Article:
Many agencies are served by municipal IT Departments, and I am certain quite well. There are many agencies that are very small, in small municipalities or units of government with far more limited resources. It has been my experience that far too often there is too large of gap between a public entity’s IT Department and public safety.
The needs for IT security for public safety is larger than for other departments. The FBI CJIS security policy is a good starting point. The controls they demand for access to, the storage of, and the transmission of criminal justice information are excellent controls for all your data and systems.
As law enforcement leaders it is critically necessary to educate yourself on the basics of cyber security and to understand the threat. That way you can ask the right questions of IT to determine if you are mitigating the threat as best as possible. If your IT doesn’t understand law enforcement data and your systems and you don’t understand how they support your operation, then you have a lot of work to do to close the gap between yourselves. Essentially, we need to merge the understanding of informational security and technical cyber security together, so both are on the same page. The one is incomplete without the other.
So how do you protect your data? Some very basic best practices are a good place to start.
Audits—Identify where public safety data is stored and who has access to it. Anyone with access to the data should be vetted and “least access” privileges should be enforced. Just because someone could have access to something doesn’t mean they should have access to it. I doubt many folks in your agency have access to the evidence room. The same principles apply to data. Also, access should be routinely audited to ensure that all offboarded employees no longer have access to your systems and their accounts are shut down regardless of if they could access the network anymore. Old, stale, dead accounts are threats to your data security.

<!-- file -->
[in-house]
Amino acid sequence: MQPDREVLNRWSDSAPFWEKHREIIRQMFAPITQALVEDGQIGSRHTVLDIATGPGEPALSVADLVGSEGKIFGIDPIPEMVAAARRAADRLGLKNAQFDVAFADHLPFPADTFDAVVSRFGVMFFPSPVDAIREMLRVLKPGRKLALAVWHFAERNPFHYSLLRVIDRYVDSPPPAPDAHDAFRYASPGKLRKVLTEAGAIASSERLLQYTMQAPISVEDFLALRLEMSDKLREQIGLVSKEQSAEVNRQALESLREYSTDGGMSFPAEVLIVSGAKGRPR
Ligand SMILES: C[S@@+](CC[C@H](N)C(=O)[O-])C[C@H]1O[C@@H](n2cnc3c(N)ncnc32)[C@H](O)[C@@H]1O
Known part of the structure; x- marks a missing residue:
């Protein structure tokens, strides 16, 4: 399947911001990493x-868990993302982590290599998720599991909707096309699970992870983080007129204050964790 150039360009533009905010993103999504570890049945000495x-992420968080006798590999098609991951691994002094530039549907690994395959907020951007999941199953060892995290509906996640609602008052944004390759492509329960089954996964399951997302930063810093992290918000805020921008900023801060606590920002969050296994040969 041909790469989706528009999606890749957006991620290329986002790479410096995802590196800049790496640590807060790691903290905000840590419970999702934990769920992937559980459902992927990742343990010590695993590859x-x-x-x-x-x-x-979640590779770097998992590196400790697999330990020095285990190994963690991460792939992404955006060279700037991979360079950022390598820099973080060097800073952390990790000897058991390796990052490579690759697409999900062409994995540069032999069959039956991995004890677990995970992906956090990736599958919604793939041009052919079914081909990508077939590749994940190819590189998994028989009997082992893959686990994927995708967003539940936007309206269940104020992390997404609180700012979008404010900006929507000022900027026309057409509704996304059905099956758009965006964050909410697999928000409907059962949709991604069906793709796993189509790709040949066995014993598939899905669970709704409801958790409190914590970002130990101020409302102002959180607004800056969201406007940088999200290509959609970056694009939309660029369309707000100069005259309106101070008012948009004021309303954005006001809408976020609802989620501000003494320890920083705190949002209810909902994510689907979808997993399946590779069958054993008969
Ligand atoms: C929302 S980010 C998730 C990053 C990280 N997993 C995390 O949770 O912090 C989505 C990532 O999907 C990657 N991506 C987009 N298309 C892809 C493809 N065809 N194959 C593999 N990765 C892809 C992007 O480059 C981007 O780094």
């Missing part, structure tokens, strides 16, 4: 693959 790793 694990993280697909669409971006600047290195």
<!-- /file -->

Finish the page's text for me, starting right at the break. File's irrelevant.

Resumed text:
Anti-Data Exfiltration Technology—Analyze and protect the data leaving your network and computers not just what is coming “in.” Traditional approaches to Cybersecurity involve defending the perimeter of your network. This approach doesn’t protect what is leaving your network (your data). Invest in technology that analyzes outbound communications. This stops the theft of your data.
Multi Factor Authentication (MFA)—Access to public safety data and systems should be protected by multi factor authentication. MFA is sometimes referred to as 2 FA (second factor) authentication. This is another form of ID to gain access to data/systems beyond that of a password. There are many different types of these systems. Some are “better” (harder to compromise) than others. App based “push” alerts are better than numeric codes sent to smartphones as SMS (texts) because it is possible to clone a SIM and receive the text as a malicious actor. However, “push” alerts to apps require your user to be diligent in not approving a push they didn’t initiate themselves. Attackers have taken to relying on the human getting tired of receiving repeated push alerts and then just approving the push to stop getting them. Physical tokens are an option but of course harder to keep track of.
Encrypt Your Own Data—If your data at rest is already encrypted, it is better protected. Data stored on endpoints in physically unsecure space (i.e., laptops) should be encrypted by the agency. Laptops with your data on them are just big thumb drives waiting to be stolen or lost. The transmission of the data should be encrypted also. End point to end point encryption via VPN or point to point network encryption should be employed.